Retired? Which Accounts to Tap 1st in Retirement
“I’m free” you think after that last day of work. You’ve toiled, saved, invested and finally you’re ready for the next life transition-retirement. Even if you’re still working a bit, you consider yourself ‘retired’. Once the elation subsides, you’re confronted with a whole new set of challenges. You need to adjust to the idea that your retirement nest egg may not grow, but decline in the upcoming years. It’s crucial to figure out which accounts to tap 1st, now that you’re retired.
Carl and Sophia are 66 and each have a Roth IRA and 401k rollover IRAs from former employers. Sophia also has a traditional IRA she started before she met Carl. Their home is paid off and they approximate their current living expenses at $40,000 per year. They’re hoping to wait until age 70 before collecting Social Security so that they’ll get the largest monthly check possible. But now, they’re confused about where to get their living expenses for the next 4 years. Carl has a pension from the 10 years he worked in Ohio for the school system which will pay $1,000 per month, but the Arizona couple can’t live on that. Fortunately, they paid off their house and have a 6 figure retirement nest egg which should allow them to wait to claim Social Security.
The Definitive Guide to-Which Accounts to Tap 1st in Retirement
As with most financial planning decisions, there are no absolutes, so use this guide as a template for your retirement withdrawal plan. If you have a financial advisor, now’s a good time to consult with him or her as well.
Keep in mind the goals of making your money last as long as possible and paying as few taxes as legally possible.
In general, it’s preferable to spend money in taxable accounts before tapping retirement accounts. The reason is to allow tax advantaged accounts to continue to compound and grow without paying taxes on the income.
Carl and Sophie’s current thoughts about which accounts to tap 1st in retirement. Carl and Sophie have a taxable brokerage account at one of the popular discount brokerage companies. Additionally, they are in a lower tax bracket than when they were working.
- Withdraw $2,200 per month from their taxable brokerage account, concentrating on withdrawing the dividends, interest, and capital gains from their investments, before selling any securities. Along with Carl’s $1,000 pension, that will put their annual income at $38,400, just $1,600 short of their $40,000 goal. If $40,000 seems like a small annual budget, consider that they won’t need too much money for former budget busters such as income taxes, commuting costs, and other work related expenses. Carl and Sophie aren’t interested in saving for any big-time vacations either.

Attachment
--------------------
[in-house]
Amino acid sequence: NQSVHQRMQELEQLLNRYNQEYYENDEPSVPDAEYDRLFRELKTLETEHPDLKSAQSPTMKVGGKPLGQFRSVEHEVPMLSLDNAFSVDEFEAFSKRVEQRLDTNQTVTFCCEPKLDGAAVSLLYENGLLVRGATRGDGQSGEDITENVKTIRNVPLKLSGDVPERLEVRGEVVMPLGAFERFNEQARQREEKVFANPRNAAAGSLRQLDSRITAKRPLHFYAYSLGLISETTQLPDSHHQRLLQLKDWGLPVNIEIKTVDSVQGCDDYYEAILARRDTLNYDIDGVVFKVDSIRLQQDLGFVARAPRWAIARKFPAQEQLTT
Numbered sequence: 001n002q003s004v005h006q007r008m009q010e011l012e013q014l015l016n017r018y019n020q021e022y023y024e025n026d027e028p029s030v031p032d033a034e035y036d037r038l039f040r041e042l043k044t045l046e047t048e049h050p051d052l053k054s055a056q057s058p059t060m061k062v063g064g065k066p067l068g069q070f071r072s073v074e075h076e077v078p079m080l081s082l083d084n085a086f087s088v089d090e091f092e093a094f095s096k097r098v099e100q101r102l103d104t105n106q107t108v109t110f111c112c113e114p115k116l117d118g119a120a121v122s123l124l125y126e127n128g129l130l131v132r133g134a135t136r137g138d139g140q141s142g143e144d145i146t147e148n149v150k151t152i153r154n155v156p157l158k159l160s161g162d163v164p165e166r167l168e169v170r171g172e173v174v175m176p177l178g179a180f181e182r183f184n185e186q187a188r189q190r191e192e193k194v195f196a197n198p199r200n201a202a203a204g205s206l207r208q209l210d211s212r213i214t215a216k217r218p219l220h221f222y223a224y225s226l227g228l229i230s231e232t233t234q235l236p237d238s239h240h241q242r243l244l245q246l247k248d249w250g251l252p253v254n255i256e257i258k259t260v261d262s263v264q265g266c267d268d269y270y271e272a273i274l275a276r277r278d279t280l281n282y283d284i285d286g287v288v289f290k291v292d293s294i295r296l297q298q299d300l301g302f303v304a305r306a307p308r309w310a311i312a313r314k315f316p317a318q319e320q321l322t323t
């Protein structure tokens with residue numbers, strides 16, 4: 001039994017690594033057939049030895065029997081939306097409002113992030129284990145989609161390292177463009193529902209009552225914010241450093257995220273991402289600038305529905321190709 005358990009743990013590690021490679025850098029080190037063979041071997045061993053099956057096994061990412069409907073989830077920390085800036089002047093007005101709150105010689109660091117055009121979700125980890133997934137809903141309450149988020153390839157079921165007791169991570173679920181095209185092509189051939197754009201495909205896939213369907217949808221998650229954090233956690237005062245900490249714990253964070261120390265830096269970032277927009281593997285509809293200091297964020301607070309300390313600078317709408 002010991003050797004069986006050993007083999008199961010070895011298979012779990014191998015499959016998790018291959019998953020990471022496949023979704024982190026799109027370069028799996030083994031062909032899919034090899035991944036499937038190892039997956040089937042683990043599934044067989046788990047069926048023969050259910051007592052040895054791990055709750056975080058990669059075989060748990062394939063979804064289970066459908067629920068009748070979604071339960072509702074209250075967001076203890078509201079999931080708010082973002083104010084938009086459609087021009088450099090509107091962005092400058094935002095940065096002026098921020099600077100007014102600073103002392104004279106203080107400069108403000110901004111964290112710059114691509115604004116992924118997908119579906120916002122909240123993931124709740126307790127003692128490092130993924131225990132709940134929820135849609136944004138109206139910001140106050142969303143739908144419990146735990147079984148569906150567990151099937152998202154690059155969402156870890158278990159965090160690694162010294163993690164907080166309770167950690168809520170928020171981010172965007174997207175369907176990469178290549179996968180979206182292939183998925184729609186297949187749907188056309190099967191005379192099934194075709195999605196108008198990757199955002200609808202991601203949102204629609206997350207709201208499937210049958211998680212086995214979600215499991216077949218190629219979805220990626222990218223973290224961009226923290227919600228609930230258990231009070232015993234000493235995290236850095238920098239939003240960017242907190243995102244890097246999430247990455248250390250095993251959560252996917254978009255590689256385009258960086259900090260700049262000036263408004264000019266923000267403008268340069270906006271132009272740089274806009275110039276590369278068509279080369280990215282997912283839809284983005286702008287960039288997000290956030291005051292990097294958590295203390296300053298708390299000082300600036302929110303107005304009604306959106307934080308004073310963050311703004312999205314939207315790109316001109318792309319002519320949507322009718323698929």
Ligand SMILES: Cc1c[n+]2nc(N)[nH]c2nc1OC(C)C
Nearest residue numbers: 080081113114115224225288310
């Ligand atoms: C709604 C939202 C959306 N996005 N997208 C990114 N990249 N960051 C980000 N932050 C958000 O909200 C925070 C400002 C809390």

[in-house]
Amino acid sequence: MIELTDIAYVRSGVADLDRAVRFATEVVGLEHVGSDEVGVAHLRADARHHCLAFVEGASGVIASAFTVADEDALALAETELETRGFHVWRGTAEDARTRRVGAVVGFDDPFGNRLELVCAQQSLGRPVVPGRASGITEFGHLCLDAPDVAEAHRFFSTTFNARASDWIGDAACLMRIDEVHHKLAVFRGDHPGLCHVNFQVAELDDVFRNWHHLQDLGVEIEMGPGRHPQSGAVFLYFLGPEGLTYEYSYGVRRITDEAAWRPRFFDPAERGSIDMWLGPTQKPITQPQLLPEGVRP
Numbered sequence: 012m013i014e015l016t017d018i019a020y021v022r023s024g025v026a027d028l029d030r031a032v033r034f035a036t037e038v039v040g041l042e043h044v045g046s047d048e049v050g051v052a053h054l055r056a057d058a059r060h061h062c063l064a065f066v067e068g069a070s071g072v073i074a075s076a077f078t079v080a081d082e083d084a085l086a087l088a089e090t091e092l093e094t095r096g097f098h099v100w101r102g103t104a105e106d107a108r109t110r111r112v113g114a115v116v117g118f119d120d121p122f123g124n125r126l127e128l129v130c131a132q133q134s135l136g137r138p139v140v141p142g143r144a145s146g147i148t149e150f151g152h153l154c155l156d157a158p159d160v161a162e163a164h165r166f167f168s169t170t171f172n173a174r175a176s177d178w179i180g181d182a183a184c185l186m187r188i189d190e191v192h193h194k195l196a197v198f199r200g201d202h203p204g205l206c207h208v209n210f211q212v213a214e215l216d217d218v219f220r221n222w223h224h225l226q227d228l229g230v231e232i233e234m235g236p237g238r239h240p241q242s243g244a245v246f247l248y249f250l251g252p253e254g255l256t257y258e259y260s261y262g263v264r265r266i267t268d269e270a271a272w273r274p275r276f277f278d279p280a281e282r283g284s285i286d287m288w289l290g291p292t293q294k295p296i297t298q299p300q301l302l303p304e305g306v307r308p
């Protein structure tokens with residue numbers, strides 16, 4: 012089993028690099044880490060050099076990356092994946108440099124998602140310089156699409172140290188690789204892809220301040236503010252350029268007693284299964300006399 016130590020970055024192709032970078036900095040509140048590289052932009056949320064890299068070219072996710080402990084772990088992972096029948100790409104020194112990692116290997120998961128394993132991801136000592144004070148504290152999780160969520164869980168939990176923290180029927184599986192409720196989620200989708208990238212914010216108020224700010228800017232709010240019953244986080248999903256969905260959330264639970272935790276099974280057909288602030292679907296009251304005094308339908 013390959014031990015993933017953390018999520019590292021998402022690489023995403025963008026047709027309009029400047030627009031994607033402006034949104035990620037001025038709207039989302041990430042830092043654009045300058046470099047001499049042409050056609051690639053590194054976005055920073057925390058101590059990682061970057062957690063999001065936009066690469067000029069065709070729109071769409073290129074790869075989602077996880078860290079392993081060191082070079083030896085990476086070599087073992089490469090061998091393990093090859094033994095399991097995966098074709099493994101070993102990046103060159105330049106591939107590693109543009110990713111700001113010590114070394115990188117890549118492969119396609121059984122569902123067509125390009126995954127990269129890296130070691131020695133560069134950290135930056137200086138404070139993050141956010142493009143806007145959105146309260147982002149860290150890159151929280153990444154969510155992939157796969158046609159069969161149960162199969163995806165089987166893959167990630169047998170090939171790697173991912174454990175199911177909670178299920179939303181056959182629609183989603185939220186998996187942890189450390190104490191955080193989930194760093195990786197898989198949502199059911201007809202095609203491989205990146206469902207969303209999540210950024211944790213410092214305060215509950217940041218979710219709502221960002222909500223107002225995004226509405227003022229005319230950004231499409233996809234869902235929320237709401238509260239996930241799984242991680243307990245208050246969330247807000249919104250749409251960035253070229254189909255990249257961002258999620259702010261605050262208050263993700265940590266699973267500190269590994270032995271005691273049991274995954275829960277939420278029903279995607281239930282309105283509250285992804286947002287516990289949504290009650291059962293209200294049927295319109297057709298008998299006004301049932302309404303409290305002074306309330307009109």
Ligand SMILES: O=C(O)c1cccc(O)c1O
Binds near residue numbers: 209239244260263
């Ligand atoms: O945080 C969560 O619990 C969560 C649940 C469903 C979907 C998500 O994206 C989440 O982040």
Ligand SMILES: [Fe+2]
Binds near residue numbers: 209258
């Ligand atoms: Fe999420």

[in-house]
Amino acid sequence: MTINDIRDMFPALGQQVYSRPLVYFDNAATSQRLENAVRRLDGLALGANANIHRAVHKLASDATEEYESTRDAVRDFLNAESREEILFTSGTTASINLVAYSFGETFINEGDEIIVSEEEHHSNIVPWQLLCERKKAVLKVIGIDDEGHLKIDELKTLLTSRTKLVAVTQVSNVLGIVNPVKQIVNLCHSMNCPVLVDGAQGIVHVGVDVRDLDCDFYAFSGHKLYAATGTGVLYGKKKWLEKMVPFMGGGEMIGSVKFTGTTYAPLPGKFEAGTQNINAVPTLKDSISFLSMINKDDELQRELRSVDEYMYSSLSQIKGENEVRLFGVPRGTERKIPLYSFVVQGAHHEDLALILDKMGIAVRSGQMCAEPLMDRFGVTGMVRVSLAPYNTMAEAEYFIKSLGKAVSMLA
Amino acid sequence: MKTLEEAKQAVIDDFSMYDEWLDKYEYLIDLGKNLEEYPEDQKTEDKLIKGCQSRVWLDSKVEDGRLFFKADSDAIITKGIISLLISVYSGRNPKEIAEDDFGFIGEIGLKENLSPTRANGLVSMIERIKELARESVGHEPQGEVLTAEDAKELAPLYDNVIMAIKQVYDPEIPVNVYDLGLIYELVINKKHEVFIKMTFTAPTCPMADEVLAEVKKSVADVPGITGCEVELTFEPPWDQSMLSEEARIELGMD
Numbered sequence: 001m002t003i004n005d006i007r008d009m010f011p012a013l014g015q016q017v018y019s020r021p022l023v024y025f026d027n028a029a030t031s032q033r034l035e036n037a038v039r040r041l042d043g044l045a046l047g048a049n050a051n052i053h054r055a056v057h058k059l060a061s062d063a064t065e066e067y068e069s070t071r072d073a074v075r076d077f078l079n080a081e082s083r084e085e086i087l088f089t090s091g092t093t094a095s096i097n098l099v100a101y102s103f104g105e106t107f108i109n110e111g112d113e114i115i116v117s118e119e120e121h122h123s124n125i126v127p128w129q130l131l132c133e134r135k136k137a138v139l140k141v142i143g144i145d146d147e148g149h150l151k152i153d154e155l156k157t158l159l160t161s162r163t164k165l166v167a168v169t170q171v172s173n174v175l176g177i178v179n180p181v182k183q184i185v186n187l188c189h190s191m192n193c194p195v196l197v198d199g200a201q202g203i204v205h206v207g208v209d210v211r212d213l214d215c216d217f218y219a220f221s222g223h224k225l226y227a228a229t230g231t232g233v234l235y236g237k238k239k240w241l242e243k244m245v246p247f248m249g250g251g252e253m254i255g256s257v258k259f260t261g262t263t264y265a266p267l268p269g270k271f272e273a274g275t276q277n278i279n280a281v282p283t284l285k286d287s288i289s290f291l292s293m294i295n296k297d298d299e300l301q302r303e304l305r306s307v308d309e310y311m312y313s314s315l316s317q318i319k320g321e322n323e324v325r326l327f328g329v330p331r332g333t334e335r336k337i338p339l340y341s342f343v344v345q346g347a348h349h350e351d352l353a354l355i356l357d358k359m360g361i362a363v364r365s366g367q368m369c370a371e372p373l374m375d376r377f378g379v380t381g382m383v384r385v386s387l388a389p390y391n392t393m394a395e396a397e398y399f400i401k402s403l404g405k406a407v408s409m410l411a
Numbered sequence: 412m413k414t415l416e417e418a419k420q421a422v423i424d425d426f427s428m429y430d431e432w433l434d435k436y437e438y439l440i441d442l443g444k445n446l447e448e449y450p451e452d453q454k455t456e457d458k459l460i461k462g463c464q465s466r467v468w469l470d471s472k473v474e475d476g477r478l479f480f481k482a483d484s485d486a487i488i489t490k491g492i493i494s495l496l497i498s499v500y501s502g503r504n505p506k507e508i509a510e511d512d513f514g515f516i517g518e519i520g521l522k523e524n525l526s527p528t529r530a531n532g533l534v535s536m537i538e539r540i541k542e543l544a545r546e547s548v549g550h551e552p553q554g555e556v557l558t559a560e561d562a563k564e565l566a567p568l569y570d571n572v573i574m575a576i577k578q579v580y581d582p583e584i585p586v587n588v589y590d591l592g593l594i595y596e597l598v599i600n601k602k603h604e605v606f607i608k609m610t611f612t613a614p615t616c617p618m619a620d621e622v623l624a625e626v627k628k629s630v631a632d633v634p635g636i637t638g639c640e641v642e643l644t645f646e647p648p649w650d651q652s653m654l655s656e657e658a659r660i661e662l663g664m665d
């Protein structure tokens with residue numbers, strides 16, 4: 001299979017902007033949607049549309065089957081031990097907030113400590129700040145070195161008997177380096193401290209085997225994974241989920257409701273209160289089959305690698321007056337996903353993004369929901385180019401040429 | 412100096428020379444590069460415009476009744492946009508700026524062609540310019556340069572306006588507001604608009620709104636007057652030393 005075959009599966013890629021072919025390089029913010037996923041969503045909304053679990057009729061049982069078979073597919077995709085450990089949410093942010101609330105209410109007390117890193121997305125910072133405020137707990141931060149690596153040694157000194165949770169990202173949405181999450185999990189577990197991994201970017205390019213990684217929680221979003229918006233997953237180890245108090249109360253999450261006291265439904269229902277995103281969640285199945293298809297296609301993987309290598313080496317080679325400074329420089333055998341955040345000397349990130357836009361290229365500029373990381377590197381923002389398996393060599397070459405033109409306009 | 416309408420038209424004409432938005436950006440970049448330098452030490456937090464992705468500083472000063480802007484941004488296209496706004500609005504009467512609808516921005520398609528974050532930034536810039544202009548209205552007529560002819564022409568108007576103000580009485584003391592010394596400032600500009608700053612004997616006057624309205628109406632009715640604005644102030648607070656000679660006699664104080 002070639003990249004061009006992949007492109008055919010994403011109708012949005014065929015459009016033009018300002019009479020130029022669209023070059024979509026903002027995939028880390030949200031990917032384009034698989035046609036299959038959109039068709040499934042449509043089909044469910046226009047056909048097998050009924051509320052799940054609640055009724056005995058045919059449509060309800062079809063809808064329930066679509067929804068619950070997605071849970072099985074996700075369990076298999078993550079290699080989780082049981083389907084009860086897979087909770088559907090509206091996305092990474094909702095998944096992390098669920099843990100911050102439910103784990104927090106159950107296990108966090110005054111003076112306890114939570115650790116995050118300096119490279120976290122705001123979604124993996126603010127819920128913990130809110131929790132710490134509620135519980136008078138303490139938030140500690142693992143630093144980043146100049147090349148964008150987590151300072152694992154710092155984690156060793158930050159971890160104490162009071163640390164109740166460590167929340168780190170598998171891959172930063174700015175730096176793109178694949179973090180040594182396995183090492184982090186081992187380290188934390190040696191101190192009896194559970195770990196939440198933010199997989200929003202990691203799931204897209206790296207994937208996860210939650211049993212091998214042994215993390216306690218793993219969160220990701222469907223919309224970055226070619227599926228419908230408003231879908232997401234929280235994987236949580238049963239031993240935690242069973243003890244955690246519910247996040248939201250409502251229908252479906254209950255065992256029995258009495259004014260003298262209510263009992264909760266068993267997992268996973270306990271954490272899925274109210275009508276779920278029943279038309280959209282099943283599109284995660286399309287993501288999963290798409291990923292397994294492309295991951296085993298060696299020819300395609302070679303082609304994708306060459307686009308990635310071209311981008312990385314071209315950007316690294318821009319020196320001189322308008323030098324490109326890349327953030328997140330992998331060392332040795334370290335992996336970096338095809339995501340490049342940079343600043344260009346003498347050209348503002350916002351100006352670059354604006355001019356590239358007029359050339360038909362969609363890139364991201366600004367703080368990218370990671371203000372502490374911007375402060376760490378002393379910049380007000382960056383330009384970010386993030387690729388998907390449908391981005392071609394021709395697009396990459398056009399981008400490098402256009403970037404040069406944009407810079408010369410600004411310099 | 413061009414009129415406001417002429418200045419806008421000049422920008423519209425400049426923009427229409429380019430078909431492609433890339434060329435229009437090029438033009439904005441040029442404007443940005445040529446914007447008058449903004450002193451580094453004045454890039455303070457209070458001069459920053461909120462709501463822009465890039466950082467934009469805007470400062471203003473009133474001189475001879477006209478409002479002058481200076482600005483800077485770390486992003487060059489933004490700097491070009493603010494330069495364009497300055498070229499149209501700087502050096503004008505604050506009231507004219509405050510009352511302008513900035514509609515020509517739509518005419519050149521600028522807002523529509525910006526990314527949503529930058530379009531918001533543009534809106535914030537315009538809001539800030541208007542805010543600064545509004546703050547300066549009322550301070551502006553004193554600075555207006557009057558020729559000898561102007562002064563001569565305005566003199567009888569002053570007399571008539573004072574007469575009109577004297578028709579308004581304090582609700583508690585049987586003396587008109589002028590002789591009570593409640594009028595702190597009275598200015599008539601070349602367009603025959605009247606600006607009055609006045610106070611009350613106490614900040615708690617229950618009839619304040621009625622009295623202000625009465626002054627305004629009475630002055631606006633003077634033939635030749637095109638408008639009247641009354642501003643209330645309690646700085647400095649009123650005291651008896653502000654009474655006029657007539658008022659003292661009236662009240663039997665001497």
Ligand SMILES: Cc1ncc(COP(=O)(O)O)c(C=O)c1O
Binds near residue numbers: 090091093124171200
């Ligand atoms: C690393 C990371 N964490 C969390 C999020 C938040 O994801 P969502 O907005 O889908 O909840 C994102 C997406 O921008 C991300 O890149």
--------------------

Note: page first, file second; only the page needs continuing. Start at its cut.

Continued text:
- Carl and Sophie also built up a savings account invested in several CDs and money market funds. They plan on tapping $100 per month from the savings account. This leaves a shortfall of just $400.
- They figure to make up the small difference they can sell some items on craigslist, Ebay or hold a garage sale.
When to Tap Your IRA First
There are a variety of scenarios when considering which accounts to tap 1st in retirement that include withdrawing from your IRA first:
- If you’re in a low tax bracket and your heirs are in a high one, your IRA cash is more valuable if withdrawn now. The reason is that if your heirs withdraw the money, in their higher tax bracket, then less will go to them and more to Uncle Sam. Unless, the money grows enough in the upcoming years to offset the higher tax hit.
- You might wish to shrink your traditional IRA so that when you hit age 70 1/2 your required minimum distributions (RMD) won’t be too hefty.
- Another strategy in support of tapping IRA money earlier is if you hold stock funds in your IRA. If you’re in the 15% tax bracket, then you can withdraw the money from the sale of the stock funds and pay the low 15% tax rate. With the proceeds, you can reinvest the money in stock funds in your taxable discount investment brokerage account. Subsequently, future gains will be taxed at the lower capital gains rate.
- If you have both a Roth and traditional IRA, it’s usually best to withdraw from the traditional IRA first. The longer the Roth can grow tax-free the more money you may have in the end. Since there are no RMDs for the Roth, your heirs can enjoy the proceeds of the Roth. The only reason to tap the Roth first would be if you’re currently in a high tax bracket and expect to be in a lower bracket later. That’s because you’ve already paid taxes on the money in the Roth and can withdraw its holdings tax-free.
Our tax system is complex and doesn’t look like it’ll change much any time soon. There are many ‘retirement withdrawal’ strategies available along with ideas about when to tap Social Security. It’s worth spending some time on these matters as you approach retirement. A few hours spent evaluating your own situation, reading and researching which accounts to tap 1st in retirement and you could increase your retirement spending options by thousands of dollars.
Jane Bryant Quinn, one of my earliest money inspirations just launched Make Your Money Last and discussed more of these retirement tips in a recent AARP article.